Upon those facts, the referee found as a conclusion of law, that the plaintiffs were entitled to the possession of the oxen, or to the recovery of their value.

Conceding that France, under that agreement, took possession of the cattle, as a finding of a delivery of them by him to the defendant implies, such possession was not as owner. He, at most, was only entitled to the use of them until payment of the price agreed to be paid, and the title by the terms of the contract in the mean time continued in the plaintiffs. When he made the sale to the defendant, he had not paid the stipulated price, and consequently had not become the owner of the property.

This principle was fully settled by the decision of this court in Herring v. Hoppock ( 15 N.Y. Rep., p. 409.) In that case, the property was delivered to the purchasers, but its delivery was declared to be under a bargain for the sale thereof, and upon the express understanding, that the seller parted with, and that the purchaser acquired no title to the property, until the note given therefor was paid; and in default of such payment, the vendor was authorized to enter upon the premises of the purchaser and take and remove the property.

Judgments were subsequently recovered against the purchaser, and the property was levied on and sold under executions thereon. The vendor notified the officer of his title, but he on being indemnified proceeded to sell.

The judge at the Circuit, on those facts, charged the jury, that the plaintiff was entitled to a verdict; and the judgment entered thereon was affirmed by this court. That case is distinguishable from this, in the fact that the contract in terms acknowledged the delivery of the property, and the possession and use of it until default in payment of the purchase money was made.

The same principle was recognized and reasserted in the case of Hasbrouck v. Lounsberry ( 26 N.Y. Rep., p. 598). Assuming then that France had had no title to the property, when he sold and delivered it to the defendant, does the fact that he bought it without notice of the plaintiffs' right, affect their right of recovery?

I am unable to discover on what principle this can be claimed. The general rule is, that a seller could give no better title than he himself has.

The rights of the vendor in the cases which give color to a contrary rule were based on the ground, that the facts warranted the conclusion of an unconditional delivery.

That was the ground on which PAIGE, J. placed his decision in Smith v. Lynes (1 Selden, p. 41), cited by the defendant's counsel, in holding that the nonsuit was correct as to the defendants, Thompson, Schoonmaker, and Dean, the members of the firm of Thompson Co., purchasers from Lynes, their co-defendant, and yet he held that Lynes acquired no title to the goods, of which there had been only a conditional delivery to him.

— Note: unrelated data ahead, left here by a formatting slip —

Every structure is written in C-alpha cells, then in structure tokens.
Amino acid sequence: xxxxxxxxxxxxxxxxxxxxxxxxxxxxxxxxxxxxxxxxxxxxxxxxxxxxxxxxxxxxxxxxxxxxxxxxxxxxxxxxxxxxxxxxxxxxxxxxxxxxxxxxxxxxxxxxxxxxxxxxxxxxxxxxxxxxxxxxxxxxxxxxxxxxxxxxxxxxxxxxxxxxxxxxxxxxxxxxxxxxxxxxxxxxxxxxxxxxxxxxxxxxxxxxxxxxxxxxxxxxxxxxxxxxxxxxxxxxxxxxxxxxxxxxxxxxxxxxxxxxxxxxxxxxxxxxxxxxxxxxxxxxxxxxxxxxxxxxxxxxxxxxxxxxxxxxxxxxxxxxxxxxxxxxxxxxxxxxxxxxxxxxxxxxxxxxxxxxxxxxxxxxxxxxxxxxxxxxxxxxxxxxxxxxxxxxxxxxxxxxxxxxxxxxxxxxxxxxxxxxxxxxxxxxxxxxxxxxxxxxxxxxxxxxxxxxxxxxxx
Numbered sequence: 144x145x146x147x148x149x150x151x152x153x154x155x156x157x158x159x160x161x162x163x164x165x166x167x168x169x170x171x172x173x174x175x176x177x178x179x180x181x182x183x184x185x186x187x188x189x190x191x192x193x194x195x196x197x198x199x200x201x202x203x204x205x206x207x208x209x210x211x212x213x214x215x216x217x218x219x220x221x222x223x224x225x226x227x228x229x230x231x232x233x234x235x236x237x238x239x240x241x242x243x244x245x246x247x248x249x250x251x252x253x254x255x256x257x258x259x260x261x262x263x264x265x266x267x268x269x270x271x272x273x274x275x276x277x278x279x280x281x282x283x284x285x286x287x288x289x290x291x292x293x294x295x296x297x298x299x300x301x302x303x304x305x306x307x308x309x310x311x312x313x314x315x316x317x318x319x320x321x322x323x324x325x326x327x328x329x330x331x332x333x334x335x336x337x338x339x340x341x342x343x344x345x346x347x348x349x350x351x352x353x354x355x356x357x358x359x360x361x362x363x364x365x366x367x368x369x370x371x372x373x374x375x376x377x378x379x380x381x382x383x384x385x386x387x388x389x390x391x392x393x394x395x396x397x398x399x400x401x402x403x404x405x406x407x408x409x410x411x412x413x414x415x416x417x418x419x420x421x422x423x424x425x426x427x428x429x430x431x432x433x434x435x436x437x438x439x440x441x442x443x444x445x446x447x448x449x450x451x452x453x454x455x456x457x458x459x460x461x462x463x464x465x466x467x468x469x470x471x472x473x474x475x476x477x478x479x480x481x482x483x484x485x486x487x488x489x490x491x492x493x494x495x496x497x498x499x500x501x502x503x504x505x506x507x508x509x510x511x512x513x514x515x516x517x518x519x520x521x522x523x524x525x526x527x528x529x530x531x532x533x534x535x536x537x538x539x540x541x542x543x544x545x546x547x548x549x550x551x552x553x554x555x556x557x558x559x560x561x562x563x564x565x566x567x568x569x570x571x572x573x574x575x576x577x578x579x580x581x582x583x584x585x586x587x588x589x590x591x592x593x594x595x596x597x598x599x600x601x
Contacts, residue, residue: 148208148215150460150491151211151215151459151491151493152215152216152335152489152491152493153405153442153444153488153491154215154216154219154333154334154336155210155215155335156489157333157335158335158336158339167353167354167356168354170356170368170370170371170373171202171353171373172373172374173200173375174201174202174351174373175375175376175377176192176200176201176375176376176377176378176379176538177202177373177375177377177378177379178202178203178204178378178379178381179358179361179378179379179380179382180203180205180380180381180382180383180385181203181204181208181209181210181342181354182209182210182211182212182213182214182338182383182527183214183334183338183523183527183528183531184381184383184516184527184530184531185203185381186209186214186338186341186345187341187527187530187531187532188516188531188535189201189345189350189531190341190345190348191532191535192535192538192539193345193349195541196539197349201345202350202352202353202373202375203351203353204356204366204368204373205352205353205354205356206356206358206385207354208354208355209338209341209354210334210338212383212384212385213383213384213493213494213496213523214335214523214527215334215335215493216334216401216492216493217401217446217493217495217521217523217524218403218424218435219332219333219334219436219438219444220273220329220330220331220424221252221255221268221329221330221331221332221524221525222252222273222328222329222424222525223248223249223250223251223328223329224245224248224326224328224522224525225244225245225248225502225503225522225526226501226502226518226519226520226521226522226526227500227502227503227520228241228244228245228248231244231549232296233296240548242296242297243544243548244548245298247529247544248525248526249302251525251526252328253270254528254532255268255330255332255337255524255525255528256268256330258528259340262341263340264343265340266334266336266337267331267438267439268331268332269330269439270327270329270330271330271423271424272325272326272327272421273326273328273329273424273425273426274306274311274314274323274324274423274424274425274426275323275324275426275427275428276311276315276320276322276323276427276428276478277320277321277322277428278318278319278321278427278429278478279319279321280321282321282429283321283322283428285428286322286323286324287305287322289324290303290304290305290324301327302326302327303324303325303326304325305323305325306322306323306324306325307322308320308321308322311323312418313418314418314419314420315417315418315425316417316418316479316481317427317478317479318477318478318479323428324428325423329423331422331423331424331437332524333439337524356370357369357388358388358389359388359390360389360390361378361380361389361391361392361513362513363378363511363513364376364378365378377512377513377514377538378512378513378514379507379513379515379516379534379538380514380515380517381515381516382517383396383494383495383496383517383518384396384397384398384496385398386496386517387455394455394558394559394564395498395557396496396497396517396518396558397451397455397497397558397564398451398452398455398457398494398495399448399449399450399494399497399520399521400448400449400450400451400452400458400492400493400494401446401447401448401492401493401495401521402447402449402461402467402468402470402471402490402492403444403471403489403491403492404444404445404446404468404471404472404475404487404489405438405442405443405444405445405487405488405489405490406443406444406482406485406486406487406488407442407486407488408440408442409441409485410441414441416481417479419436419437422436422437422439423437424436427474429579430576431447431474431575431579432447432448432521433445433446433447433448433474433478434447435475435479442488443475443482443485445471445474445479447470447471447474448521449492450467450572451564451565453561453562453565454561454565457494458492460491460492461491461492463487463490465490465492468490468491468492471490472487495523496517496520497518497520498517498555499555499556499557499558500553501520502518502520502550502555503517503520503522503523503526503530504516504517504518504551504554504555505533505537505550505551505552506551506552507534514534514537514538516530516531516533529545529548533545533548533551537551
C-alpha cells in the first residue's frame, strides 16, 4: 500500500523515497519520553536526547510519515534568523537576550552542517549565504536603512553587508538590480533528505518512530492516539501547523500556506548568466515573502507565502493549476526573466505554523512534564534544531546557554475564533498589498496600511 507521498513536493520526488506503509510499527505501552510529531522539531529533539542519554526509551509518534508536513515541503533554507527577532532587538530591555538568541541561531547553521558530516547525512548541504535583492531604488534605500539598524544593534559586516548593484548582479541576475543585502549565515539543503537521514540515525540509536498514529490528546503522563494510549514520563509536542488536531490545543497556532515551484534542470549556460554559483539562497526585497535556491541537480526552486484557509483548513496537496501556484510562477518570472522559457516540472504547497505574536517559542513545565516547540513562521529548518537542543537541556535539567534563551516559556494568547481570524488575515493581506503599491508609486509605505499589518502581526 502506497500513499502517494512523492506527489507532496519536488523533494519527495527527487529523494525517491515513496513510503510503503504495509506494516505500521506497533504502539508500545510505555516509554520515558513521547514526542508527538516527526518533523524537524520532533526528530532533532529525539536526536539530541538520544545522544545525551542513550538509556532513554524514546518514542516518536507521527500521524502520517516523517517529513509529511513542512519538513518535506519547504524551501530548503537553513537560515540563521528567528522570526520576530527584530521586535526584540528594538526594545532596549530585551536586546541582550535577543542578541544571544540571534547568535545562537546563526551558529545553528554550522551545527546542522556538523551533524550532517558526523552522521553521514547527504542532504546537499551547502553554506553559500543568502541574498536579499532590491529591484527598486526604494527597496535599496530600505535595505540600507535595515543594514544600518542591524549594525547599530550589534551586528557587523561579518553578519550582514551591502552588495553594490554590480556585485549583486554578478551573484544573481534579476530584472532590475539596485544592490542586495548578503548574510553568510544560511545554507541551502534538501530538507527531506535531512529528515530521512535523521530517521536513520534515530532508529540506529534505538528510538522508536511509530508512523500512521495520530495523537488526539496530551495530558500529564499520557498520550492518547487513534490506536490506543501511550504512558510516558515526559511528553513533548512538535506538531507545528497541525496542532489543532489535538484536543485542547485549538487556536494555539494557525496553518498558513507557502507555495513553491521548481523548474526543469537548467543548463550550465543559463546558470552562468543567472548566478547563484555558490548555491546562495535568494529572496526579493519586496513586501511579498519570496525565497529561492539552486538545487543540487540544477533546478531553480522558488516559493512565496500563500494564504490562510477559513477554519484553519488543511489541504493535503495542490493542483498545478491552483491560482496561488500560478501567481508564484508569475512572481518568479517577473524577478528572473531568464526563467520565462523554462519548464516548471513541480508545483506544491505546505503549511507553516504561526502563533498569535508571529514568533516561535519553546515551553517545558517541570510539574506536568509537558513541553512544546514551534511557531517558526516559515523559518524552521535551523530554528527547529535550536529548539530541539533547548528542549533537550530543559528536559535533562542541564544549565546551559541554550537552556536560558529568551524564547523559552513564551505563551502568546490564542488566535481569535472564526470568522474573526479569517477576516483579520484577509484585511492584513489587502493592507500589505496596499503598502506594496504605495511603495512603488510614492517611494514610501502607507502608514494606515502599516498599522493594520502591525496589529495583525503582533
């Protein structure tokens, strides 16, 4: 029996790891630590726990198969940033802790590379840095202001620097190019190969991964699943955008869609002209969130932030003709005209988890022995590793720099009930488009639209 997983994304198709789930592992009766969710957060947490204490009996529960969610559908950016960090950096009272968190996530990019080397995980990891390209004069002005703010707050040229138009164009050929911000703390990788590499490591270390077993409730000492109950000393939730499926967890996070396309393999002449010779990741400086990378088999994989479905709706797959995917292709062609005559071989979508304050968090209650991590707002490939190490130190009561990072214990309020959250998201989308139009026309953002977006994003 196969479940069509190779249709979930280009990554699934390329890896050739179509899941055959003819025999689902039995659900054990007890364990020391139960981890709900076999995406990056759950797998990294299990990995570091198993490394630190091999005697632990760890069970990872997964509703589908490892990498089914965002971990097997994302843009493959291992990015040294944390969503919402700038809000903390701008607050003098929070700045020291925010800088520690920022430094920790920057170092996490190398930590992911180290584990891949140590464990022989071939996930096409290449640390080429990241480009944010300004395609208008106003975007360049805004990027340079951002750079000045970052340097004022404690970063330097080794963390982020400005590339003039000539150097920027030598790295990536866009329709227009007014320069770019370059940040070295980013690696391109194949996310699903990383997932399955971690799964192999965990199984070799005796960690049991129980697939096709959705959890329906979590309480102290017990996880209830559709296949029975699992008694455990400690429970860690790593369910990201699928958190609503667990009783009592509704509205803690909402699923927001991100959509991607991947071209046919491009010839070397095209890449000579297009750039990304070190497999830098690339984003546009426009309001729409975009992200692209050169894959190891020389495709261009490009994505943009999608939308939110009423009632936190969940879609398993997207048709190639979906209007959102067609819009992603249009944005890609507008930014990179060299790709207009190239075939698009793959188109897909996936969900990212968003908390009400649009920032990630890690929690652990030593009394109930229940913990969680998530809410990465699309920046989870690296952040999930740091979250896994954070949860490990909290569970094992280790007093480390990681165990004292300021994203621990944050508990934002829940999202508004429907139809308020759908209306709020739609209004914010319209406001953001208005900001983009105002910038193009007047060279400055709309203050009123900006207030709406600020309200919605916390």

I am aware that BOCKES, J., has in his opinion, in Wait v. Green ( 36 N.Y. Rep., 556), treated the remarks of Judge PAIGE quoted by him, as applying to cases of conditional, as well as an unconditional delivery, and the same remark is applicable to the statement of STRONG, J., in Fleeman v. McKean (25 Barb., Sup. Co. Rep., p. 474), which was obiter dictum merely, and not called for by the decision in that case, nor warranted by the facts and decision in Haggerty v. Palmer (6 John. Ch. Rep., p. 437), referred to by him.

I am aware too, that the opinion of Judge BOCKES referred to sustains the doctrine, that in a case like the present, the defendant's title would be perfect. He says: "Let it be conceded that the sale and delivery was conditional, that the agreement was, that the horse should remain the property of Mrs. Comins (the seller), until paid for, and that the plaintiff succeeded to all her rights, and that the defendant was a bona fide purchaser from Billington (Mrs. Comins' vendee); and the authorities are full, to the effect that the defendant will be protected in his title."

With due deference, I think his language is too strong. I will examine briefly the authorities cited by him not already referred to by me. In 2d Kent's Com., p. 497, the learned commentator does not express any definite opinion on the question; and, after saying that "the property in such a case does not pass by the delivery as between the original parties" says: "Though as to subsequent bona fide purchasers, or creditors of the vendee, the conclusion might be different." He does, it is true, subsequently, page 498, say that "if the delivery of goods precedes for a short time the delivery of the note to be given for the price, according to particular usage in that species of dealing, the delivery is understood to be conditional," and that the seller's right to the goods "will be good as against the buyer and his voluntary assignee, though not as against a bona fide purchaser from the vendee;" and cites the case of Haggerty v. Palmer (6 John. Ch. Rep., p. 437, supra), decided by him as chancellor, which, on reference to it, will be found to be a case between the seller and voluntary assignee of the purchasers.

The case of Buck v. Grimshaw and others (1 Edw. Ch. Rep., p. 140, c.), was a case of a sale by the plaintiff to Grimshaw of a quantity of cotton, payable in cash on delivery on a specified day after the sale. Before that time, the seller on an order of Grimshaw, delivered a portion of the cotton without payment, and an unexpected failure of a mercantile house compelled him to stop payment, and rendered him insolvent before the day the purchase money was to be paid. The other defendants had made an advance to Grimshaw upon the cotton, and a bill of lading thereof was delivered to them, and they refused to give it up, and thereupon the action was commenced to compel them to make payment therefor or restore it to the plaintiff.